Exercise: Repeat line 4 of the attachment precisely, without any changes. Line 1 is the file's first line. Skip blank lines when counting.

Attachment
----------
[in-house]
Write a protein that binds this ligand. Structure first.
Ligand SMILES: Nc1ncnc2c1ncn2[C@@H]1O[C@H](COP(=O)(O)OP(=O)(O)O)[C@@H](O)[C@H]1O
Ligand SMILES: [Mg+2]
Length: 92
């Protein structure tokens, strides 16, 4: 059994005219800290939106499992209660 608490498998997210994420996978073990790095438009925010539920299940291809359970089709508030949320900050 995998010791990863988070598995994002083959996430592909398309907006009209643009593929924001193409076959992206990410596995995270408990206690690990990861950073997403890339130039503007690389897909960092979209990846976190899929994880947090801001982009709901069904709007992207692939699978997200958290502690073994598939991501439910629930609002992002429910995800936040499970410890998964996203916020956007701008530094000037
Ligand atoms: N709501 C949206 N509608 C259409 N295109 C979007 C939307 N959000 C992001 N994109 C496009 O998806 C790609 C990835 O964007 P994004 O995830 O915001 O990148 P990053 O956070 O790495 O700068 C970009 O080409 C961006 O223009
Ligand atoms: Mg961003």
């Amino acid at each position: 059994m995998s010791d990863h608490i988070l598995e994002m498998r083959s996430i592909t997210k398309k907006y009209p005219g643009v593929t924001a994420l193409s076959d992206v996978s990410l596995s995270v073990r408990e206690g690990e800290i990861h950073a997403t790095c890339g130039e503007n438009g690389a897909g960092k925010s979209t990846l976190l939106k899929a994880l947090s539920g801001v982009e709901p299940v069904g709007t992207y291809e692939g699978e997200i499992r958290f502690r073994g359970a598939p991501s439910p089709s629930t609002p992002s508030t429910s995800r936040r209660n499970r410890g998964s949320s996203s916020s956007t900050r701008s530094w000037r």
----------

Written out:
Ligand SMILES: [Mg+2]